By: Jamie Klein
Former Rebellion LMP1 driver Mathias Beche says he sees his long term future in SUPER GT after making his belated debut in the Japanese series.
Beche, 34, joined Sean Walkinshaw in the Team Thailand Lexus RC F GT3 for last month's Suzuka round, the pair finishing 19th in the 29-car GT300 field.
He and Walkinshaw were forced to sit out the opening five races of the 2020 season before loosening travel restrictions in Japan finally allowed them to take up their seats for the final three races of the year at Suzuka, Motegi and Fuji Speedway.
The Swiss driver hopes his debut is the start of a long spell racing in SUPER GT, during which time he hopes to progress to the senior GT500 division.
“I’d been looking at it for many years,” Beche told Motorsport.com on how the opportunity came up to race in SUPER GT. “Last year I came to the last event [at Motegi] and discussed with a few teams, we kept in contact and the best offer I got was here.
“GT500 is the target, but it’s such a special championship, you have to start from the basics, which is GT300. I’m really happy the team gave me the confidence to do it.
“There is a lot of learning to do, I don’t know the tracks, I only drove the car once [before Suzuka, in the Okayama pre-season test], I’m not a GT3 specialist either. But if I’m here and if I have this kind of involvement, it’s for the long term.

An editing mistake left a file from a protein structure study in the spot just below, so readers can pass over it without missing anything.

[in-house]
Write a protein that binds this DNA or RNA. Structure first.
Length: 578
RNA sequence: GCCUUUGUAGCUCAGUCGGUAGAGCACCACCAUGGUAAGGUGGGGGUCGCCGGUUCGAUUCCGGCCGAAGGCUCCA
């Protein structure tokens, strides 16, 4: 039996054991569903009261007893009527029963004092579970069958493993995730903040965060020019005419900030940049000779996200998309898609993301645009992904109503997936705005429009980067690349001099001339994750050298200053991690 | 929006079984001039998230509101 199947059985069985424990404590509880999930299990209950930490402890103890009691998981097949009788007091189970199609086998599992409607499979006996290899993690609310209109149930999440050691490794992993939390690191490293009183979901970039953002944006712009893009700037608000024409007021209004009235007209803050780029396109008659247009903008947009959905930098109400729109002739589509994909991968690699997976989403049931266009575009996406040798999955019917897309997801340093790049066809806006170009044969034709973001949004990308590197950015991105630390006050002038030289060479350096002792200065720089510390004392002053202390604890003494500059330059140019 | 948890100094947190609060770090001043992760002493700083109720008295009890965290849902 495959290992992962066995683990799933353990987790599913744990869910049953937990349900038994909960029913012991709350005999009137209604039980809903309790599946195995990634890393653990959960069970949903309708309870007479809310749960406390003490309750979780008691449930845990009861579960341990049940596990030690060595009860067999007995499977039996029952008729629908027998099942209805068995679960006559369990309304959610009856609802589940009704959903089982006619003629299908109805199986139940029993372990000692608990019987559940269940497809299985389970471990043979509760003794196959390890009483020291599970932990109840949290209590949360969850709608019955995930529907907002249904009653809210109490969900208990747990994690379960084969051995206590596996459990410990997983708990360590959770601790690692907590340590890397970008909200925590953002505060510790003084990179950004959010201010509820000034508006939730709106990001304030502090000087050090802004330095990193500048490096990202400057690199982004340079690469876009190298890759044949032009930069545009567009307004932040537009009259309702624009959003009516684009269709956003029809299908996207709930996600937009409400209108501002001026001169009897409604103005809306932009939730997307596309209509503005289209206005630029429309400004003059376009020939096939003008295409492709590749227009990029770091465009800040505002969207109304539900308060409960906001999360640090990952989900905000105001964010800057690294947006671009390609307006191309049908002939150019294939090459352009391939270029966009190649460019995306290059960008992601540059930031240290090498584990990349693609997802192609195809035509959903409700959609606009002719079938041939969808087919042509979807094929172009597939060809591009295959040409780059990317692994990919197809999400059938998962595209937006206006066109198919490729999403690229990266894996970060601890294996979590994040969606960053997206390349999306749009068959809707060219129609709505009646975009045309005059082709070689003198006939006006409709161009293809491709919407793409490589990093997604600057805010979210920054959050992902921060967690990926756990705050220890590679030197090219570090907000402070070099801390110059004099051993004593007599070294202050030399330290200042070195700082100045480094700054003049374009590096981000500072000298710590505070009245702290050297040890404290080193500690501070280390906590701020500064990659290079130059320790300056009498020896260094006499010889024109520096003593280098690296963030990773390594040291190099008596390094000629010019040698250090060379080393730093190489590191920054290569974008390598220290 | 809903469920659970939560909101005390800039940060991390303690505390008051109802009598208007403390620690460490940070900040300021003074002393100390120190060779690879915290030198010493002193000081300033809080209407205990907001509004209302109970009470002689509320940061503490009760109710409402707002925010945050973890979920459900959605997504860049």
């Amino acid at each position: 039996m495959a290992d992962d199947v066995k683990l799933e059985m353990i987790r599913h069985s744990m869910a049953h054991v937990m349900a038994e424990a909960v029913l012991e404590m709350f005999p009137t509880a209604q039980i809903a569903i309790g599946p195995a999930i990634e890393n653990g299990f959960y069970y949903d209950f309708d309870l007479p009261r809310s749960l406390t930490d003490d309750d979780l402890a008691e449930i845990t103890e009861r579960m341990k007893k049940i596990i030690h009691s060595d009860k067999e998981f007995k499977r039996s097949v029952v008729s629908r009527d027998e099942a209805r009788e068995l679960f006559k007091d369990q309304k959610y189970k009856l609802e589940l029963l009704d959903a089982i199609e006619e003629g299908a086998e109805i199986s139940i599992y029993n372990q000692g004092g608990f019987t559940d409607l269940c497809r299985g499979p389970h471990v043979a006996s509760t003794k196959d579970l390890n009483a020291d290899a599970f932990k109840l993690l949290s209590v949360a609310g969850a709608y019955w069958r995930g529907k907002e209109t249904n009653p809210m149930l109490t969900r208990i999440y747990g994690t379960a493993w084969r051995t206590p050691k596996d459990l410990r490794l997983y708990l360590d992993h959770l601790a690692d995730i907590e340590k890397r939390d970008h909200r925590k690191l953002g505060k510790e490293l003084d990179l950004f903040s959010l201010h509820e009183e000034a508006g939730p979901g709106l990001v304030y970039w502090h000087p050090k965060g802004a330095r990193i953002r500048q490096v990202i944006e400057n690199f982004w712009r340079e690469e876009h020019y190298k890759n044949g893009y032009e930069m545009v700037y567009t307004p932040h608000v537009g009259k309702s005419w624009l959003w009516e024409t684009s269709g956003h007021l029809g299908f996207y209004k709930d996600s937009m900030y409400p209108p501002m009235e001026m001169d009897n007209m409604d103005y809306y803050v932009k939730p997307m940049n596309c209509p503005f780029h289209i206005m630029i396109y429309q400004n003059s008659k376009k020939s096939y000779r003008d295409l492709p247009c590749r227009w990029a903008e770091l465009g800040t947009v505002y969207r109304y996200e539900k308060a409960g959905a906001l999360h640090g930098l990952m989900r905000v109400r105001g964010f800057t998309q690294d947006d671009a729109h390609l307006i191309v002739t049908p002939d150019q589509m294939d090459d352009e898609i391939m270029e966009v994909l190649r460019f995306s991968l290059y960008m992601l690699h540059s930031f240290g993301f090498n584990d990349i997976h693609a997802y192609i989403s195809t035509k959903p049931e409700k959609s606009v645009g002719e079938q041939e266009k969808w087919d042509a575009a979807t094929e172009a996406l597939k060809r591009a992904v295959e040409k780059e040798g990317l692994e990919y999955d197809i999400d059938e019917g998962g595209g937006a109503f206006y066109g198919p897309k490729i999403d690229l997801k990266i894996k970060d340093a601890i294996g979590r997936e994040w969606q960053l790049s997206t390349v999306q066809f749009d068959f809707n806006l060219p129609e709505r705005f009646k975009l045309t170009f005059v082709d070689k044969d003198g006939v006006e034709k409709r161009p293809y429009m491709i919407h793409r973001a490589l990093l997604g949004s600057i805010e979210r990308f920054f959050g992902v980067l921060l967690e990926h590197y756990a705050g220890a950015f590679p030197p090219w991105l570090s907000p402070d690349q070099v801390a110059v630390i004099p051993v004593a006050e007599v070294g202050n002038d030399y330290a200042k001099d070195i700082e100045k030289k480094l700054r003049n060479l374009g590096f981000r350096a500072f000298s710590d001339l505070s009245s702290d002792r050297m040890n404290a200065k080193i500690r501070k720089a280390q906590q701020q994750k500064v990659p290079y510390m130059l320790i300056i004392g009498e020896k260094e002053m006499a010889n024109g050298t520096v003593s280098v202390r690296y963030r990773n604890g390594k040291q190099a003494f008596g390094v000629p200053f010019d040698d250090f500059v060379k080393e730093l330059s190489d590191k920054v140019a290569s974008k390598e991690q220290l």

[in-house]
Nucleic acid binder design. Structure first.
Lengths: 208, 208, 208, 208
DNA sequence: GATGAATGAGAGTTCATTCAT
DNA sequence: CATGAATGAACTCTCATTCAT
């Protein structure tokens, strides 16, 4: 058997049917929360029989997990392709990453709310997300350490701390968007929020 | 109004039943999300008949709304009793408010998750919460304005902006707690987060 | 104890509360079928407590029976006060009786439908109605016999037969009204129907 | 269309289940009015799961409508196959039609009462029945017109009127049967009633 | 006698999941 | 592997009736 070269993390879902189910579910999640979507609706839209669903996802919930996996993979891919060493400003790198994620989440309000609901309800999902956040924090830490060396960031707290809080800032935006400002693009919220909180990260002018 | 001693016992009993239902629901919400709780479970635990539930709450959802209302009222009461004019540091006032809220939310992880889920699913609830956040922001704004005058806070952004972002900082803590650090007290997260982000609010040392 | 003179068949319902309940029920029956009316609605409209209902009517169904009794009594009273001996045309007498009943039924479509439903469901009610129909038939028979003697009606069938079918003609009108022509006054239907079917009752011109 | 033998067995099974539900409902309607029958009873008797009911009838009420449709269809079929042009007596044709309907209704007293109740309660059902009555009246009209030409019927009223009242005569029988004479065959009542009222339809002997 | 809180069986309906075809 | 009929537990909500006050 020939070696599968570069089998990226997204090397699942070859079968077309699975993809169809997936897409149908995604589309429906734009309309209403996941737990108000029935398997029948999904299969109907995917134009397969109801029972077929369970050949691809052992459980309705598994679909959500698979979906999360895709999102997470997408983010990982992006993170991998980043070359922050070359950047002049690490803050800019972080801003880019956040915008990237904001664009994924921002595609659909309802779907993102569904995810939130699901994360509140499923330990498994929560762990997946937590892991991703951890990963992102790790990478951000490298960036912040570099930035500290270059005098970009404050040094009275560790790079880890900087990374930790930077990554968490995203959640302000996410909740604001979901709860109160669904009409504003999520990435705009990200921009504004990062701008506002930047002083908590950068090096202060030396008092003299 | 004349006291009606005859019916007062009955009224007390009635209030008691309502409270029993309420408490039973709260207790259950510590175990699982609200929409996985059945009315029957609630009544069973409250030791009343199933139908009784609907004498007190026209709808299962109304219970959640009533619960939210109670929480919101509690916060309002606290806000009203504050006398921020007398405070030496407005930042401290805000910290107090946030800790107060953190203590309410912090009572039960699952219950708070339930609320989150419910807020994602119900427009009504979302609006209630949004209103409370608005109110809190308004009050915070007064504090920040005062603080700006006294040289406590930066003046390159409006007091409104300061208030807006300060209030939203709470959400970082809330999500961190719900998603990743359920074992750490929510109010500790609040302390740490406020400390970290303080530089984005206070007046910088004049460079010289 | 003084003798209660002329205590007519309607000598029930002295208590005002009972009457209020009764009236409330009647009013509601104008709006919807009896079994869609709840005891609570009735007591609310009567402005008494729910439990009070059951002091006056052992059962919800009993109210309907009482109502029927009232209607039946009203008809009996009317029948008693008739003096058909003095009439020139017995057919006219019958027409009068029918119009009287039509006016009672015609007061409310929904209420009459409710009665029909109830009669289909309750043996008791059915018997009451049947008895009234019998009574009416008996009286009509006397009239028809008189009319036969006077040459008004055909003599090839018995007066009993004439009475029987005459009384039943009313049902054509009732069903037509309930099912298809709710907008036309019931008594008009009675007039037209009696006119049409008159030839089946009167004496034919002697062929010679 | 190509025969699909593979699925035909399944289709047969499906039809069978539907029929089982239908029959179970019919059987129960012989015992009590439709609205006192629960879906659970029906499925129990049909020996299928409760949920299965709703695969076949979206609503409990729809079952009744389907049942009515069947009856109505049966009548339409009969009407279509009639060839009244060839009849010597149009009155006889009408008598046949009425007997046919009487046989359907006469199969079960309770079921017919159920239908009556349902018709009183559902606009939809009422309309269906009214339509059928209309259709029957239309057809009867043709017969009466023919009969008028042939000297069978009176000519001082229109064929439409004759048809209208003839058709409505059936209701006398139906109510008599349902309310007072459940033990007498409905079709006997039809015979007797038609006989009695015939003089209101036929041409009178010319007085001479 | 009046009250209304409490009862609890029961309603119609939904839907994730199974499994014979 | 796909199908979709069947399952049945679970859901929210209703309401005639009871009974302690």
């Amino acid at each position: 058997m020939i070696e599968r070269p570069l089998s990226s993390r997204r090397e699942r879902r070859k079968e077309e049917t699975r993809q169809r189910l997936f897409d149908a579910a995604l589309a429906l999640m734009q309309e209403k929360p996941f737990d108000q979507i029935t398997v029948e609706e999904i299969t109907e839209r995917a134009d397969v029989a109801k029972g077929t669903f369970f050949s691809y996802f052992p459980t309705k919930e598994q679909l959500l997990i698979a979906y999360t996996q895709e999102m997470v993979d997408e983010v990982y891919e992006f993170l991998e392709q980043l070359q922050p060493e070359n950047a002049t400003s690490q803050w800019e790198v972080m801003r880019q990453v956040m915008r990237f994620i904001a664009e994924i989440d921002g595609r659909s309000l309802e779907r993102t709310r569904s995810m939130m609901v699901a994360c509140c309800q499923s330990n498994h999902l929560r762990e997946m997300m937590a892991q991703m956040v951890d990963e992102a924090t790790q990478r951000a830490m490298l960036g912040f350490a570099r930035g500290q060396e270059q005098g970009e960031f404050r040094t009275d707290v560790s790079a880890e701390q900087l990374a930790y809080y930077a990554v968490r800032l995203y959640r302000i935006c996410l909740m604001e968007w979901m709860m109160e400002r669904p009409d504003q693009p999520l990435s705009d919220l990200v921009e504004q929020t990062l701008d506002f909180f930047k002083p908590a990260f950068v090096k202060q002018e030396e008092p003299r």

“It’s a big pleasure and an honour to be here. At the moment in Europe the situation is complicated, everyone is bringing budget. But here if you are competitive, there is space.”
Beche has spent most of the past decade racing prototype machinery, winning the LMP2 European Le Mans Series crown in 2012 and graduating to the LMP1 ranks with Rebellion Racing in the FIA World Endurance Championship the following year.
Barring a 2016 season in which he returned to the ELMS, he stayed with Rebellion until early 2019, and took an overall podium in the Le Mans 24 Hours with the team in 2018.
“I know I would be more competitive in a GT500, because it’s more like a prototype to drive,” said Beche. “GT3 is very different, but it’s good to learn the tracks, about the tyres and a lot of things specific to this championship. By being here I’m learning a lot.”
Team Thailand has yet to score a point in the GT300 category so far this year, missing the opening round of the season at Fuji and then picking up a best finish of 15th at the August Suzuka race with replacement drivers Masahiro Sasaki and Yuui Tsutsumi.
“Points would be a good thing, but we have to be realistic,” said Beche when asked about his targets for the remaining races of the season. “The team has not been so competitive this year, so it’s hard to predict.
“We have to give our best and just see what the result is. It’s a bit basic but it’s the reality.”